In ancient Scotland
, Eachesombe was a Strathclyde-Briton name for someone who lived in Berwickshire.
Early Origins of the Eachesombe family
The surname Eachesombe was first found in Berwickshire
an ancient county of Scotland
, presently part of the Scottish Borders Council Area, located in the eastern part of the Borders Region of Scotland, where one of the first records of the name was Johannes filius
Ade was a "custumar" of North Berwick in 1384 and later appears as John Atkynsoun in 1387. CITATION[CLOSE]
Black, George F., The Surnames of Scotland Their Origin, Meaning and History. New York: New York Public Library, 1946. Print. (ISBN 0-87104-172-3)
Early History of the Eachesombe family
This web page shows only a small excerpt of our Eachesombe research.Another 67 words (5 lines of text) covering the years 1408, 1563, 1552, 1558, 1580, 1634, 1621, 1628, 1580, 1634, 1000, 1611, 1638, 1629, 1685, 1657, 1657, 1655, 1701, 1695, 1699, 1695, 1688, 1748, 1727, 1748 and 1728 are included under the topic Early Eachesombe History in all our PDF Extended History products and printed products wherever possible.
Eachesombe Spelling Variations
In Medieval times, spelling and translation were not nearly so highly developed as today. They were generally carried out according to the sound and intuition of the bearer. For that reason spelling variations
are extremely common among early Scottish names. Eachesombe has been spelled Acheson, Acherson, Atcherson, Aitcheson, Aitchison, Atcheson, Achison and many more.
Early Notables of the Eachesombe family (pre 1700)
Another 46 words (3 lines of text) are included under the topic Early Eachesombe Notables in all our PDF Extended History products and printed products wherever possible.
Migration of the Eachesombe family to Ireland
Some of the Eachesombe family moved to Ireland
, but this topic is not covered in this excerpt.Another 183 words (13 lines of text) about their life in Ireland is included in all our PDF Extended History products and printed products wherever possible.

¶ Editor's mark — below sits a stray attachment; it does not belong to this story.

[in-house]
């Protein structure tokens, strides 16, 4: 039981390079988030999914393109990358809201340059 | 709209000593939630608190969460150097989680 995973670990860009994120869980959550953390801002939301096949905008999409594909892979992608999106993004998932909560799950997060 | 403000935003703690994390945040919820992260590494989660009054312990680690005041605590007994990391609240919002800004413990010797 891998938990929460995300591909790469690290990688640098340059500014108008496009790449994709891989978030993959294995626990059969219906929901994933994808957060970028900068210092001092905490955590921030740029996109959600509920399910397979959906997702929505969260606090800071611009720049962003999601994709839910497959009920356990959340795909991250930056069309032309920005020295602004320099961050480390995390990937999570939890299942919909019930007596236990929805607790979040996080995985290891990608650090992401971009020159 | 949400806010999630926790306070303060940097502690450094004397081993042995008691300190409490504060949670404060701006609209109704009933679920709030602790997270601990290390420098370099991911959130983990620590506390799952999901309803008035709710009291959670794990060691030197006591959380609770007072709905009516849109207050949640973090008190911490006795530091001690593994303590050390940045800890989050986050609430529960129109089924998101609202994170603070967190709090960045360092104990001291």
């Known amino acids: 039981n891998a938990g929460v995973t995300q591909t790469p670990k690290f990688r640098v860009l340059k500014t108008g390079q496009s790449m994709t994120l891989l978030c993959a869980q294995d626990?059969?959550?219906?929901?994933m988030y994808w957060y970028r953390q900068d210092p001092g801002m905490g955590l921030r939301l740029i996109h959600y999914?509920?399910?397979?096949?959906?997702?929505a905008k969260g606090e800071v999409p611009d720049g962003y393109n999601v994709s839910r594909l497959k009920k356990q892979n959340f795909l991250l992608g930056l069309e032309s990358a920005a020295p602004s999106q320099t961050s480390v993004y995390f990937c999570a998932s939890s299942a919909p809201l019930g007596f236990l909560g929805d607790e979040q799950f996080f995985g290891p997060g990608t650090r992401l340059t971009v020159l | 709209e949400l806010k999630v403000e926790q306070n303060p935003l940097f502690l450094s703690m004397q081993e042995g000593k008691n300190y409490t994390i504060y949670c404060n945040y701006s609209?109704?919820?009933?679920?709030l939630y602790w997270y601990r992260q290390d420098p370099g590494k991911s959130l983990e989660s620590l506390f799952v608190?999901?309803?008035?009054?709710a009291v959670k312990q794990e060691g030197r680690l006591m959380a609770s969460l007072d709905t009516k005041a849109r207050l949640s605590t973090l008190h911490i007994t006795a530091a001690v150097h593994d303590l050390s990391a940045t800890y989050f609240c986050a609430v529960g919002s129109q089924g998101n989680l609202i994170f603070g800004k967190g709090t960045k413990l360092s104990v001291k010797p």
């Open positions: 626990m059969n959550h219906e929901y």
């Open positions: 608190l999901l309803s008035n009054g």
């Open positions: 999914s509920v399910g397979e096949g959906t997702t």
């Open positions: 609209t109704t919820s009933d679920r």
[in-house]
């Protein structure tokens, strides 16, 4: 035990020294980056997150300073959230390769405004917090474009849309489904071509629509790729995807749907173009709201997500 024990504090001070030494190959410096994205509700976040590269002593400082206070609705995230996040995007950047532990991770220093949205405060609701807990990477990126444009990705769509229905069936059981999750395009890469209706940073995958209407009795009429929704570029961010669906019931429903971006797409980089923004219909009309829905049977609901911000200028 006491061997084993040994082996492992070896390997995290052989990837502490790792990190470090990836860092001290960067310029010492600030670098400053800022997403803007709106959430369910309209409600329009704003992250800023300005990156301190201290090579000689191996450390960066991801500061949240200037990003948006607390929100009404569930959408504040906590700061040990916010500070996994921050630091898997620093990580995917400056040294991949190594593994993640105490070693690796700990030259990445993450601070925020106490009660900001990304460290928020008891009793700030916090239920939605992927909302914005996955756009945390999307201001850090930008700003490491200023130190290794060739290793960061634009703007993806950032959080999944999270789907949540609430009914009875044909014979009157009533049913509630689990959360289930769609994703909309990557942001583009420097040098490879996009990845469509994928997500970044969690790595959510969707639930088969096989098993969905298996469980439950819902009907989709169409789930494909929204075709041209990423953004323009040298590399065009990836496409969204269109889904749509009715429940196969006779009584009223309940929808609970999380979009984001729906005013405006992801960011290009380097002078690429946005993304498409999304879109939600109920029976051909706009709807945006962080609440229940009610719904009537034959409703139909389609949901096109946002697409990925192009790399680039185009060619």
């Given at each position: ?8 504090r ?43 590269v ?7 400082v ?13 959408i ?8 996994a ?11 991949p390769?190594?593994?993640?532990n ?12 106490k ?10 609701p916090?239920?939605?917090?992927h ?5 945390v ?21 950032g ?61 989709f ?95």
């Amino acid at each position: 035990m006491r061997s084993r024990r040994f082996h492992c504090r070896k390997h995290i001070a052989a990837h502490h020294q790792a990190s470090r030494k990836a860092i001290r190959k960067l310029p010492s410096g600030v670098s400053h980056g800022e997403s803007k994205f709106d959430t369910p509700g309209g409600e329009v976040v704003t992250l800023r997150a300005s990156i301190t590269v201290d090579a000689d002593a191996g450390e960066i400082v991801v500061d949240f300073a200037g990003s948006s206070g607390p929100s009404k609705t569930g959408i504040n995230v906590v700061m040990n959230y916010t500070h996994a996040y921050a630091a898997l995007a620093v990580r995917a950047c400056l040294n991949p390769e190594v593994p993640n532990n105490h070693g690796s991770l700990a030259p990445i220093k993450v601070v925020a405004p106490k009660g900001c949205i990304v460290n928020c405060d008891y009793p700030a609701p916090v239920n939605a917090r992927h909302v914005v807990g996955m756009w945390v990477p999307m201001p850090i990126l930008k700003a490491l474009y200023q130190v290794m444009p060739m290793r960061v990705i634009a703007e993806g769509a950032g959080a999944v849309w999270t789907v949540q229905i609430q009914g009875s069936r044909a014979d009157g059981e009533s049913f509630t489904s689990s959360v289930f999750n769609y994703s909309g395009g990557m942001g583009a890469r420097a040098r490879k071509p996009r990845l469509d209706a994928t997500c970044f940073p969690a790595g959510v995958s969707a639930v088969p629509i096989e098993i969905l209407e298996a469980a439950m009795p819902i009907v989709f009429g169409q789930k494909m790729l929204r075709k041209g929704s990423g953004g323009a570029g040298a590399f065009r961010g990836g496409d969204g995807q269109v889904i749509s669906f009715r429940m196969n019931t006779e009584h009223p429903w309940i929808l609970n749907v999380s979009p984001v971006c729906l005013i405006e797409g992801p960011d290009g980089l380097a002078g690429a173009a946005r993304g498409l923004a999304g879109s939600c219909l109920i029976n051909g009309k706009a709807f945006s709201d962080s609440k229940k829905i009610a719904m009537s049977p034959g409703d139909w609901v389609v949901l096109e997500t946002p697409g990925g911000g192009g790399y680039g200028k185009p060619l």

Migration of the Eachesombe family to the New World and Oceana
Unrest, poverty, and persecution caused thousands to look for opportunity and freedom in the North American colonies. The crossing was long, overcrowded, and unsanitary, though, and came only at great expense. Many Strathclyde families settled on the east coast of North America in communities that would form the backbone of what would become the great nations of the United States and Canada. The American War of Independence
caused those who remained loyal to England
to move north to Canada as United Empire Loyalists. In the 20th century, Strathclyde and other Scottish families across North America began to recover their collective heritage through highland games and Clan
societies. Among them: William Aitchison who settled in Colchester county, Nova Scotia in 1875; Andrew Aitchison who settled in Niagara, Lincoln county Ontario in 1852; Thomas Acheson who settled in Philadelphia, Pennsylvania in 1798.
The Eachesombe Motto
The motto was originally a war cry or slogan. Mottoes first began to be shown with arms in the 14th and 15th centuries, but were not in general use until the 17th century. Thus the oldest coats of arms generally do not include a motto. Mottoes seldom form part of the grant of arms: Under most heraldic authorities, a motto is an optional component of the coat of arms, and can be added to or changed at will; many families have chosen not to display a motto.
Motto: Ane chast arbor
Motto Translation: One pure tree.
Eachesombe Family Crest Products
- ^ Black, George F., The Surnames of Scotland Their Origin, Meaning and History. New York: New York Public Library, 1946. Print. (ISBN 0-87104-172-3)